Ladislaus, Prince of Opole and regent for Louis the Great in Poland, had found the Sacred Picture in the castle of Belz during the war with Ruthen Lords. Seeking a more suitable place for the Venerable Image of the Blessed Mother, he brought the picture to Czestochowa, a small town in central Poland. Members of the Order of St. Paul the First Hermit (the Pauline Fathers) were invited to come from Hungary to settle in Czestochowa as protectors of the revered picture.

Mary, who holds her child tenderly in her hands, bears two scars on her cheek which were inflicted by the swords of invading soldiers in the fifteenth century. Her face is blackened by fire from battles for the control of Poland. The icon carries the signs of Poland's struggles and its victories over its foes.

The establishment of the Monastery and Shrine in Czestochowa began with a small wooden church. Subsequent development and expansion resulted in the construction of the present day basilica and defense walls which surround the sacred buildings (1632-48).

Under the heroic leadership of the Prior of the Monastery, Father Augustine Kordecki, the Shrine withstood the attacks of the Swedish invasion of 1655. This great victory proved to be a tremendous boost to the morale of the entire Polish nation.

In 1656 King Jan Casimir took a solemn vow proclaiming the Mother of God to be the "Queen of the Polish Crown" and the Shrine of Jasna Gora to be the "Mount of Victory" and a spiritual capital of Poland.

During the years of communist domination of Poland (1945-1981) the shrine of Our Lady of Czestochowa became the rallying point for the Polish people, persecuted for their Christian faith.

[Poles] "are fervent seventh-ray people. They have come to earth with the charge of Sanat Kumara to maintain the light of freedom. Voluntarily they went under the enslavement of the Soviet boot for the very purpose of proving that free hearts will never say die.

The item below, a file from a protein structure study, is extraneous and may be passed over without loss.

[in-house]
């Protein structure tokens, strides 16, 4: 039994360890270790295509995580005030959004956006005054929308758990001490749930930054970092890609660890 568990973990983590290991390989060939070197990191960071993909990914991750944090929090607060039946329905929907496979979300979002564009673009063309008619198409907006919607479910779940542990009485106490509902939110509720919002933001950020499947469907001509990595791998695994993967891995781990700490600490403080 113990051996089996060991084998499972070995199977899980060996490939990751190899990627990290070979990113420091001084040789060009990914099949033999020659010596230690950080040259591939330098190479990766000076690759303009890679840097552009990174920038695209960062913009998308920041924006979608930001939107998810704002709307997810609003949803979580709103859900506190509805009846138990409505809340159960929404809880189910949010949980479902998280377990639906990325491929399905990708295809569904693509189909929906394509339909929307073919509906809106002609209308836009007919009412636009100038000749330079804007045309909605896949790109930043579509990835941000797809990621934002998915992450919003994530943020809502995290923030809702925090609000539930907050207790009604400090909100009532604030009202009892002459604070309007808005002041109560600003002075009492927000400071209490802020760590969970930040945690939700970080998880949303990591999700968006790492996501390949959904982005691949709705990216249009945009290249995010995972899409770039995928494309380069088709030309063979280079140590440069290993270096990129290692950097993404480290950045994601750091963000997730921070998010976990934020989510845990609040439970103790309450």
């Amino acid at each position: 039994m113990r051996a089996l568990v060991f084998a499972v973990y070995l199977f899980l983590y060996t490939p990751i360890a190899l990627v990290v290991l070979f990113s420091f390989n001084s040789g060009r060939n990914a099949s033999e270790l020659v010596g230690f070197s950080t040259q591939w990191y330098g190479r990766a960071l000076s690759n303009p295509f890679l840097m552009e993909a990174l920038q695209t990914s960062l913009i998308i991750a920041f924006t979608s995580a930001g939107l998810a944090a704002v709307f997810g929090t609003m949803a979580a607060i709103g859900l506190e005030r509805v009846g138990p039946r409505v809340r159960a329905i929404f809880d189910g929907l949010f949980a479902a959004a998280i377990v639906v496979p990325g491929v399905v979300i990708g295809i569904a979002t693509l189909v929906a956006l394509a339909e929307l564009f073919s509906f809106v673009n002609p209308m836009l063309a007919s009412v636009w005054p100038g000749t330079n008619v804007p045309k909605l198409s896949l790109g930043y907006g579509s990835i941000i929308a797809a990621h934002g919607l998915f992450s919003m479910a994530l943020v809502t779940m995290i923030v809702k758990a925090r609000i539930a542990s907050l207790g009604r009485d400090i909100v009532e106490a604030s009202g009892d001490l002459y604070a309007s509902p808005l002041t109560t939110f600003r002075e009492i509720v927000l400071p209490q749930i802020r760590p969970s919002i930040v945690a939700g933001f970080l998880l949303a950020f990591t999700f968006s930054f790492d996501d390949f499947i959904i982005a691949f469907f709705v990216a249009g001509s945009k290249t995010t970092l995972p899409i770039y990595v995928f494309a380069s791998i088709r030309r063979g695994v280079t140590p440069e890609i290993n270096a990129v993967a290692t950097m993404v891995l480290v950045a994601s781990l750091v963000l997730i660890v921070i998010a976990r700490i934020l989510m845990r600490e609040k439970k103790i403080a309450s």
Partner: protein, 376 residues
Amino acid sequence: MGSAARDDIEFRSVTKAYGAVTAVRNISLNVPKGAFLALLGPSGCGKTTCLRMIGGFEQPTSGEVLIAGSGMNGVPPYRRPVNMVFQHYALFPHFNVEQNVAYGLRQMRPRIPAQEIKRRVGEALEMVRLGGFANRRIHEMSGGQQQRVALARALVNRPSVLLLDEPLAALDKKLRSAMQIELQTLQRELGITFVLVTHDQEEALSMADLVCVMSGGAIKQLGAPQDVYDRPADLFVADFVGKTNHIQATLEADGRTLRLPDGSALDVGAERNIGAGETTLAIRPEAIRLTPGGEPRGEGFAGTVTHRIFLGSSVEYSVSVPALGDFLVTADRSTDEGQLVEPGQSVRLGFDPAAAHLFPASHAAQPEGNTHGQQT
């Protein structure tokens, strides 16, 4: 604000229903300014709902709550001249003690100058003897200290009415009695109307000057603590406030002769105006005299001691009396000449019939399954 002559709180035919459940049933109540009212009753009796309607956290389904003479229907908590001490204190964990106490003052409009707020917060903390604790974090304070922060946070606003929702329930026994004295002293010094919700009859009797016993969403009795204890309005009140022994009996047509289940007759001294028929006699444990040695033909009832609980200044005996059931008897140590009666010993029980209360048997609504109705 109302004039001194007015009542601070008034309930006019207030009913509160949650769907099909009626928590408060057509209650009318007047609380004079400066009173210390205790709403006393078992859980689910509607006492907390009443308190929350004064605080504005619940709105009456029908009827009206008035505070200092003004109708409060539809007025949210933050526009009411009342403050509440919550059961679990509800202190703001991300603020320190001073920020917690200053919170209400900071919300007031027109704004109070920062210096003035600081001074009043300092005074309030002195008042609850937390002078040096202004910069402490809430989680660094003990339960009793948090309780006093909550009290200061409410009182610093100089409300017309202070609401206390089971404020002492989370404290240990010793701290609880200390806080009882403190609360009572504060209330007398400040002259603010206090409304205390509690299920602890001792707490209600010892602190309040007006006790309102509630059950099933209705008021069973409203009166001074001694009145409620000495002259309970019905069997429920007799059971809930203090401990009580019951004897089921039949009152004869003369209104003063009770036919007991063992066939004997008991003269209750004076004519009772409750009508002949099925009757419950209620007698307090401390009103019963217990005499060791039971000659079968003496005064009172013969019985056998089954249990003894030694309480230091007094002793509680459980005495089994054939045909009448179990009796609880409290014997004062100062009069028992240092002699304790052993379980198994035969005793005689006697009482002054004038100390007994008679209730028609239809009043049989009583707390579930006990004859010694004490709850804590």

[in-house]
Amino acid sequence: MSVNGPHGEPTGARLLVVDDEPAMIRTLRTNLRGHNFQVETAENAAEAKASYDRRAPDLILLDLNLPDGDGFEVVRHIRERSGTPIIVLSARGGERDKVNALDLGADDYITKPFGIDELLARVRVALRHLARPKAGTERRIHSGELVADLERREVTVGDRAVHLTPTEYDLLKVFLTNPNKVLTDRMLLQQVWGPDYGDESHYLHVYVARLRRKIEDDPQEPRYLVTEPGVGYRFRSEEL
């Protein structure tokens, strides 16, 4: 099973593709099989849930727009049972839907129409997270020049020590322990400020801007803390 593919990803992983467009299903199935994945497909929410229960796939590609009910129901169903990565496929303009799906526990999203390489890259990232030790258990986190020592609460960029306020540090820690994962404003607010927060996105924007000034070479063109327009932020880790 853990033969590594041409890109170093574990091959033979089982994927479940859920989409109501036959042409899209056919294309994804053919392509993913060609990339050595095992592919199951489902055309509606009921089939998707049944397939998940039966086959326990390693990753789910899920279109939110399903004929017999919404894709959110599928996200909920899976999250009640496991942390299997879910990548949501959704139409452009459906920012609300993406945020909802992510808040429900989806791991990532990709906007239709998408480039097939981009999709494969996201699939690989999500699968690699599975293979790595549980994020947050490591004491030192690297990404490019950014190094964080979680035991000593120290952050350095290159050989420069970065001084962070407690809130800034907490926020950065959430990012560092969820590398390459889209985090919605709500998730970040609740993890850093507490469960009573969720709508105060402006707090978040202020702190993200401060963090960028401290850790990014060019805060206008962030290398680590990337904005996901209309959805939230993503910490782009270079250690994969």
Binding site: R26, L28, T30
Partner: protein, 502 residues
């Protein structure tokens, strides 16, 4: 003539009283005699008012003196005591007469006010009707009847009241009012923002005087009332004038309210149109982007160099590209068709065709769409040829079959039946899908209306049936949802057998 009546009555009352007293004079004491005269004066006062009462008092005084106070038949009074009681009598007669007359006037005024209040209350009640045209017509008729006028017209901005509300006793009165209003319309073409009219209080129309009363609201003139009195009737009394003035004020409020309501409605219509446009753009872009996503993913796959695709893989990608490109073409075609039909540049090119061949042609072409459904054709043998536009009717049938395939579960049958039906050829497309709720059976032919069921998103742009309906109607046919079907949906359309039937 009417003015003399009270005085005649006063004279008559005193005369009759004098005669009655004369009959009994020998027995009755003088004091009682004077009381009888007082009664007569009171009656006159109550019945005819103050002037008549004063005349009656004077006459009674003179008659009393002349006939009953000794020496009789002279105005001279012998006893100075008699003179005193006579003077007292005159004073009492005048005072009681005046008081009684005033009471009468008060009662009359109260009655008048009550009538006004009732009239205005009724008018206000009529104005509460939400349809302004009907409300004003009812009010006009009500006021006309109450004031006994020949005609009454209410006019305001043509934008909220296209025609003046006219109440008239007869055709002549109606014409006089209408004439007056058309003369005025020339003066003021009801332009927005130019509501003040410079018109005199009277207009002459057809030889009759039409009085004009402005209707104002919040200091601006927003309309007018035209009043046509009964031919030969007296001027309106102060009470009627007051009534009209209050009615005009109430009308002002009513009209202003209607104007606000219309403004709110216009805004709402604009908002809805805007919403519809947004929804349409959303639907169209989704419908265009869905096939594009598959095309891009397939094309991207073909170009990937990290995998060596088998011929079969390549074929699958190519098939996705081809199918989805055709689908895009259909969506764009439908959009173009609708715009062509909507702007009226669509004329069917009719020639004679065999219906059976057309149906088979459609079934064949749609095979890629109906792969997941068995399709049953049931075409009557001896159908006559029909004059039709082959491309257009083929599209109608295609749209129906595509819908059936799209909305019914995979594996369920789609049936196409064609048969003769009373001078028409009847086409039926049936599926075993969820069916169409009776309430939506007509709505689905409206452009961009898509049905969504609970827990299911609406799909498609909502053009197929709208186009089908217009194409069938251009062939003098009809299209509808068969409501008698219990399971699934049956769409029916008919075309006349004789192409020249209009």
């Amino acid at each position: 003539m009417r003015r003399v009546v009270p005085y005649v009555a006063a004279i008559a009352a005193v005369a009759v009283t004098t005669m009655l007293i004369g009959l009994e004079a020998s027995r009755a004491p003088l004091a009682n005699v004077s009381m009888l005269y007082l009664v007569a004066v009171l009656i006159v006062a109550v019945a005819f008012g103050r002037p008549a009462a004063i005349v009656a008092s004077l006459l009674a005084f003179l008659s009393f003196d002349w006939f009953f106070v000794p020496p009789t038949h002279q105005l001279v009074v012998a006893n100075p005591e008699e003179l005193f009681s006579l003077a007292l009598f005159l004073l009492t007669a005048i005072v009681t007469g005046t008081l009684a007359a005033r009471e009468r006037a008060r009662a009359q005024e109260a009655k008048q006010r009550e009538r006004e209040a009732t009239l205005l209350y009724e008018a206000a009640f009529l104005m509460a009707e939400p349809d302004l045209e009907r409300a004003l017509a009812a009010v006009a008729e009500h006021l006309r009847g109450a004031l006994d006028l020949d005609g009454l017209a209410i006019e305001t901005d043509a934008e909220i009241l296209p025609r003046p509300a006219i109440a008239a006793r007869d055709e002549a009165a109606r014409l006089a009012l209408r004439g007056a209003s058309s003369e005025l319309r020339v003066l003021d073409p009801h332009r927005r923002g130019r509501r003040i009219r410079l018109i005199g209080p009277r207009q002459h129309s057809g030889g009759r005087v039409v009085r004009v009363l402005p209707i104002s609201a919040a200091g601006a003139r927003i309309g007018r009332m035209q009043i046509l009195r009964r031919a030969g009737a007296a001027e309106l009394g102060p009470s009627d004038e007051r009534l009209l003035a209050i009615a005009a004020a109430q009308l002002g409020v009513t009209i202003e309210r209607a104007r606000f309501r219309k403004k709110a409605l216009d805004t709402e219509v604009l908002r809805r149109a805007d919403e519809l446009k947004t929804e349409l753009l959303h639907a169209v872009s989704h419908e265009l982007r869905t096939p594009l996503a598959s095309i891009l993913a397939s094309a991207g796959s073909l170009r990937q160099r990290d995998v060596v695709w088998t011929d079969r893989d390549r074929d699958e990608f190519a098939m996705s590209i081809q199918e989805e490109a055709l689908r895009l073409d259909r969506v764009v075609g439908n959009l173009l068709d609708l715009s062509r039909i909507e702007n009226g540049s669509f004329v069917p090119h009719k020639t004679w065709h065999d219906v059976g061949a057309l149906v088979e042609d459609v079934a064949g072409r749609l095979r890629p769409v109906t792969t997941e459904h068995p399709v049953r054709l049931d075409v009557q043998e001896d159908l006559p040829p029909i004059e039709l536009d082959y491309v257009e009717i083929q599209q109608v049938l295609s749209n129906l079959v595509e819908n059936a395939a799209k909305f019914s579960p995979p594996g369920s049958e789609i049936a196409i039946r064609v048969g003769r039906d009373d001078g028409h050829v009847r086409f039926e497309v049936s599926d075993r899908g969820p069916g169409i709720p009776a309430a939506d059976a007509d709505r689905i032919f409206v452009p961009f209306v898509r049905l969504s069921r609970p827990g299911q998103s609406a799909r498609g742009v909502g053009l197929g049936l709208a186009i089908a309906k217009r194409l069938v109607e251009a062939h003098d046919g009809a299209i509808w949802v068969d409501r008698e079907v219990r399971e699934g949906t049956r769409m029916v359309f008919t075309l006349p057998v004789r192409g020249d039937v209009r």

" . . . I recall you to the great truth that there is a line where light and darkness must meet. And the line may very well be the line of the people of Poland because . . . they are the most daring and intrepid chelas of my heart.

"Realize the great truth, then—and do not close your eyes, do not close your eyes!—that there are people upon earth, namely the Polish people, who will prove to the world, as Jesus Christ did, that it is better for some to give a public example of the crucifixion than for all to go down beneath the boot of World Communism."

Saint Germain

"The banner of the Lord of the World and of the Lord Jesus Christ—these are seen as standards while the battle cry is heard on earth and while giants among men, even the sons of God, stand in Poland—the figure of a man, the Son of man himself.

"Take, then, the lesson of Poland as an archetypal pattern for every nation upon earth. For every nation, the United States not excluded, must pass through this very fiery trial. The labor unions must be purged, the economy and the government must be purged—not in the fashion of Joseph Stalin, but in the fashion of the sacred fire . . .

"For the day of the fierceness and the wrath of The Word of God is yet to come. I pray you will be ready and you will have prepared this people, as the people of Poland have been prepared through my own heart and their devotion to it."

Mother Mary
(for audio click here)

The Solidarity Madonna The Gdansk Shipyard Madonna

Regina Poloniae
Translation for 140 languages by ALS